Newhouse, Walberg Bill to Prevent Rulemaking Misconduct by Federal Agencies Passes House
WASHINGTON, D.C. – Today, Rep. Dan Newhouse (R-WA), voted to pass legislation he joined in introducing with Rep. Tim Walberg (R-MI): H.R. 5226, the Regulatory Integrity Act of 2016, would direct each federal agency to provide transparency into the proposed rule process by requiring agencies to post, in a central location, all the public comments they issue during the proposed rule stage. The bill prohibits agencies from lobbying or campaigning in support of proposed rules and establishes clear standards of what that type of activity would include. Rep. Newhouse spoke on the House floor in support of the legislation:
Mr. Speaker, I rise today in support of the rule and the underlying legislation, H.R. 5226, the Regulatory Integrity Act….In recent years, a disturbing trend has emerged among federal agencies. In a number of instances, federal agencies have used taxpayer dollars to fund public communication campaigns attempting to lobby for agency regulations. Despite multiple federal laws explicitly prohibiting this, agencies continue to ignore the law and use taxpayer dollars to lobby on the very regulations their agencies are developing.
Several months ago in my own home state of Washington, a campaign known as “What’s Upstream” came to light. I’d like to point your attention to this poster. Through this broad and unfair ad campaign, all farmers were demonized as careless polluters. What’s Upstream used billboards, bus and radio ads, and a visually-assaulting website – depicting dead fish and polluted water – to encourage private citizens to contact their state legislators and push for stricter regulations on farmers. It is also important to note that it has been discovered that these images were not even from the state of Washington.
As a life-long farmer myself, who has seen first-hand the remarkable, proactive steps farmers have taken to protect our resources, I was insulted by the blatant lies this campaign has spread about farmers. And what’s probably more insulting though can be seen by these pictures of the What’s Upstream website. What’s Upstream encouraged site visitors to send messages to “Washington state senators whose votes we hope to influence” – this is lobbying in the truest sense of the word. But the real kicker is when you scroll down to the bottom of the page to see who it was funded by: “this message has been funded wholly or in part by the United States Environmental Protection Agency.”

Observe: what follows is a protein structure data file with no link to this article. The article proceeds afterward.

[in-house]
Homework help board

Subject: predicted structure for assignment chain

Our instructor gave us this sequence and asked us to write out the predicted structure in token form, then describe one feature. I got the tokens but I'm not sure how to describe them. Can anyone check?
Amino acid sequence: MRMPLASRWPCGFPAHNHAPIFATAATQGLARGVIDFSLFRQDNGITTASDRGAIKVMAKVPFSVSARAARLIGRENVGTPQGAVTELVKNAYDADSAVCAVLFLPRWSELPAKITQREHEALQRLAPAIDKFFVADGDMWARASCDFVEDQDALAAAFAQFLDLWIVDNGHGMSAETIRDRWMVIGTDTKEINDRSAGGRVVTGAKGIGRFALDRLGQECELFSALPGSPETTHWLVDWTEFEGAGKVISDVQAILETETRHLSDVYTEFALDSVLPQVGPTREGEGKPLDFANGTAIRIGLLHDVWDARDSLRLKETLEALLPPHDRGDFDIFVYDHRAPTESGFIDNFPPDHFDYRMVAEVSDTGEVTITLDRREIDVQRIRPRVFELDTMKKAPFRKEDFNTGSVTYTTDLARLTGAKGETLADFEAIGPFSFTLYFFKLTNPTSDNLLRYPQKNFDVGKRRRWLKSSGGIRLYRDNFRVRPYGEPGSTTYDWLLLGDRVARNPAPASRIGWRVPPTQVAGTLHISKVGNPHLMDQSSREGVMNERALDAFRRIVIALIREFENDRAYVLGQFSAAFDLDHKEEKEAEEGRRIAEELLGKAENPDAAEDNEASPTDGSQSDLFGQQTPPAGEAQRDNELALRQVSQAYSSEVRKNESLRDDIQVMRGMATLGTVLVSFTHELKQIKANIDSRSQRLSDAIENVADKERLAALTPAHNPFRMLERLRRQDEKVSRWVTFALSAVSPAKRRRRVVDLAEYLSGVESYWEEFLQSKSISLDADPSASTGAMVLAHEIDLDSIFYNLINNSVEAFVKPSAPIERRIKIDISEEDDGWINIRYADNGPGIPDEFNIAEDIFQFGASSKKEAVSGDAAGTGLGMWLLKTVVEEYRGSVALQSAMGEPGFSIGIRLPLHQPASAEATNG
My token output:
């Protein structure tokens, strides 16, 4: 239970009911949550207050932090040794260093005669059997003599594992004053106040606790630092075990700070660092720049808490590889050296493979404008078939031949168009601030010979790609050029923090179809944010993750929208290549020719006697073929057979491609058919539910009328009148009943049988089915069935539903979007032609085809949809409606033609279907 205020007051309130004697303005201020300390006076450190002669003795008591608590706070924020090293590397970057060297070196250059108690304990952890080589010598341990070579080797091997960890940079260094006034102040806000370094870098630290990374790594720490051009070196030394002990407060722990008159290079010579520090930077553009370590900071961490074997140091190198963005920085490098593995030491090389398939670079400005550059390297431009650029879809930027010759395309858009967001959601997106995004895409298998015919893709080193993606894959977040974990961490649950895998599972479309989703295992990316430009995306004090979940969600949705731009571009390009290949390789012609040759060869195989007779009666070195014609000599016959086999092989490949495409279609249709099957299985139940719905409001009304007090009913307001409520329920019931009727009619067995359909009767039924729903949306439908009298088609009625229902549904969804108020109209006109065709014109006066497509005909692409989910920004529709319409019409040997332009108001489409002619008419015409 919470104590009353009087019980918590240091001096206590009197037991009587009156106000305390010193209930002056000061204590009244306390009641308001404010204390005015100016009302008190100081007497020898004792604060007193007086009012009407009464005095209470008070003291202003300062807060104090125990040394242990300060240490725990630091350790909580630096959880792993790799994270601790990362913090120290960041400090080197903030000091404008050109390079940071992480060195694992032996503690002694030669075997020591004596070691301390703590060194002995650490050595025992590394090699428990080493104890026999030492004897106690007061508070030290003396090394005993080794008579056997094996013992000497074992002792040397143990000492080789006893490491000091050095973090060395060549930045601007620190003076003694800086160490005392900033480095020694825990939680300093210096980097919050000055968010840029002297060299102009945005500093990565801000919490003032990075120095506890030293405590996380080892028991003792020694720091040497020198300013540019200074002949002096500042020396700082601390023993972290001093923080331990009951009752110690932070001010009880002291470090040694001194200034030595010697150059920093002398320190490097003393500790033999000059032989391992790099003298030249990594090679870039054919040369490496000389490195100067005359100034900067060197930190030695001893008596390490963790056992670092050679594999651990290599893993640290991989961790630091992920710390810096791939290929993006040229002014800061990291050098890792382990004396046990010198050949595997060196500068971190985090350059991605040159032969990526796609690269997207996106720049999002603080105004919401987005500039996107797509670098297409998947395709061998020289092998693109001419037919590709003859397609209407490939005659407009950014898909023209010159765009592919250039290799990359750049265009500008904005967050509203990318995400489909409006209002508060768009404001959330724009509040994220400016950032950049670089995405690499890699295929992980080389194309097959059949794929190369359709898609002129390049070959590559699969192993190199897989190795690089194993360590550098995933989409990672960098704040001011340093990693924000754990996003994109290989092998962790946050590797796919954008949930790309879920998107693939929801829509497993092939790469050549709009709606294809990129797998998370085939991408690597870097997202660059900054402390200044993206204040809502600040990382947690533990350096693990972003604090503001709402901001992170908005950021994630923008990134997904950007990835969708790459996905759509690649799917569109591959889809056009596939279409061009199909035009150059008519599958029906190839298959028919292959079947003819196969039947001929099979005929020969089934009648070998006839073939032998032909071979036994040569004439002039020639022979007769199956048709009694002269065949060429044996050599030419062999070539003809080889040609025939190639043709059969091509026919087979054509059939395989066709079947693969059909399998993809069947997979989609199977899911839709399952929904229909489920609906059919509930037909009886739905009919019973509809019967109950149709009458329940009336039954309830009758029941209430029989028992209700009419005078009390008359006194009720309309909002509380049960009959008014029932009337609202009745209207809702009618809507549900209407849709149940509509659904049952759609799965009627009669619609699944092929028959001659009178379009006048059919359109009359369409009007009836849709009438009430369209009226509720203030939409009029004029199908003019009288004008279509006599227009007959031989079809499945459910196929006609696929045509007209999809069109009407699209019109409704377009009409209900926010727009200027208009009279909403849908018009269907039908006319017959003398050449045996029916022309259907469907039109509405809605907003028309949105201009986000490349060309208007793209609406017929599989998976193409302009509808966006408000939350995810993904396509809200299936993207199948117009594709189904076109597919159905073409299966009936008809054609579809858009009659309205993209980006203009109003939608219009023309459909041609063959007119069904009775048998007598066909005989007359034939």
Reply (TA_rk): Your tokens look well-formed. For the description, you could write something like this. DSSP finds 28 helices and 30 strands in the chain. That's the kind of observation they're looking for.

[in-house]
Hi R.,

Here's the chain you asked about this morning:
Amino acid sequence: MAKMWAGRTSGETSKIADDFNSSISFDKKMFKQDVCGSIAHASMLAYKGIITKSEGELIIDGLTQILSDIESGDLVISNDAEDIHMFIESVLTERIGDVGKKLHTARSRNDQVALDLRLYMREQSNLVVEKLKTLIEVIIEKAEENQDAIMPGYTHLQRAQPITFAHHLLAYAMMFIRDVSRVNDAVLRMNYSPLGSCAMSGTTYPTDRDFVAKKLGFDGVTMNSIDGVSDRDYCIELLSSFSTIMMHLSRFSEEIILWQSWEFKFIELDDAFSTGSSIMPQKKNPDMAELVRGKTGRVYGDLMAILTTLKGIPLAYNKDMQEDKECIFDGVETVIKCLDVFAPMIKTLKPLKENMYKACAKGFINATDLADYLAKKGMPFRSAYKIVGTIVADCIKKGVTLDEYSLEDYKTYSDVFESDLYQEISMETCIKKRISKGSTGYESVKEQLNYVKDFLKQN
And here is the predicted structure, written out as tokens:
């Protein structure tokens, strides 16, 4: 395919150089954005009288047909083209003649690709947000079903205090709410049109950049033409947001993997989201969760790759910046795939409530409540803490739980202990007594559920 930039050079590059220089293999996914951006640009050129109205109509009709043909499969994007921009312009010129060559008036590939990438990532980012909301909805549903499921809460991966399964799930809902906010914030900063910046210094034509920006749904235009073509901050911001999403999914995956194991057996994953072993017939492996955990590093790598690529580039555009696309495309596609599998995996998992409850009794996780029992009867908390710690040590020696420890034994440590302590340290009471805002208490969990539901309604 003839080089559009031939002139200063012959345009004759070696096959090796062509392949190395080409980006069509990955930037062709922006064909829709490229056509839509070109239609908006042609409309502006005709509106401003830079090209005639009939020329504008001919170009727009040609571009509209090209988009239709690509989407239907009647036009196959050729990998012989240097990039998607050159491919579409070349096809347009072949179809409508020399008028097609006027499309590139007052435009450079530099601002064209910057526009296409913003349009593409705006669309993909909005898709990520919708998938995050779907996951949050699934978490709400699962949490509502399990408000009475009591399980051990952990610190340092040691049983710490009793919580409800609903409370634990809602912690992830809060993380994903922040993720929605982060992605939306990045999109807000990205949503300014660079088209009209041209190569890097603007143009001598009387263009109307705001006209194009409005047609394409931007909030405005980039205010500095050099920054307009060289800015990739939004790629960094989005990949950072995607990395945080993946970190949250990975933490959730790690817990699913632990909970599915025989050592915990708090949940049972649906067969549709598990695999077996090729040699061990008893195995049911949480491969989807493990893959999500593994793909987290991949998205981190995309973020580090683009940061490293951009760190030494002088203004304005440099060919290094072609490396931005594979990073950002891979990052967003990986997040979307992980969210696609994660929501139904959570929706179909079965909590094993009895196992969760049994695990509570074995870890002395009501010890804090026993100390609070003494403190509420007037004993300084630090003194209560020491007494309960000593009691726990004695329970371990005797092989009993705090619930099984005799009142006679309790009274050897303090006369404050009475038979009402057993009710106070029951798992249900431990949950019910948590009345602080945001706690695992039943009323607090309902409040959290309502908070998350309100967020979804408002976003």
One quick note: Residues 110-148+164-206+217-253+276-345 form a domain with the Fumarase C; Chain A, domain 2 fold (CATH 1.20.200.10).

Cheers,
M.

Now just stop and think about that for just a second – your hard-earned taxpayer dollars are being used by the EPA to lie about farmers, and then to lobby state legislators to put in place stricter regulations against farmers. It’s unconscionable, and it violates the law.
Earlier this year, I was proud to co-lead a letter with my friend from Nebraska, Congressman Ashford, to EPA Administrator McCarthy, expressing outrage and demanding an investigation into this campaign. I was honored to have 145 House members – fully one-third of the entire body – join us on that letter demanding accountability. But this campaign exposed to us a very real need for grant and lobbying reform, which H.R. 5226 takes a good first step in bringing. By requiring all Executive agencies to disclose their public communications, it will help bring transparency to agency communications, and ensure that these types of activities cannot hide or go unnoticed.
While future steps may be necessary, I was proud to work with Congressman Walberg to introduce this legislation, and I thank him for his leadership on this issue.
Our agricultural community and the American taxpayers deserve accountability, and I look forward to continuing to work for this bill’s enactment.
In April, the Environmental Protection Agency (EPA) admitted in news reports that it should not have funded a campaign in Washington State known as What's Upstream, due to that campaign’s brazen lobbying of state legislators in contravention of federal law. The What's Upstream campaign, which was wholly funded by the EPA, used grant awards to fund a website, radio ads, and billboards depicting dead fish and polluted water, urging individuals to contact their state legislators and, “hold the agricultural industry to the same level of responsibility as other industries.” A large, red button on the website labeled, “Take action! We’ve made it simple,” allowed visitors to easily send an email to their state legislators advocating for 100-foot stream buffer zones and other policies. An EPA Inspector General’s report from 2014 had warned that the EPA region responsible for awarding the grant had insufficient protections in place to ensure awardees were not using funds for advocacy, propaganda, and/or lobbying efforts.
According to a December, 2015 report by the Government Accountability Office (GAO), the EPA violated federal lobbying and advocacy laws by funding social media campaigns supporting EPA’s Waters of the United States (WOTUS) Rule.
In response, Rep. Newhouse was joined by 144 Members of Congress on a bipartisan letter to the EPA Administrator Gina McCarthy. The Members demanded answers on EPA Region 10’s funding of whatsupstream.com website and advocacy campaign in Washington State that attempts to influence legislators for greater regulation of farmers and ranchers.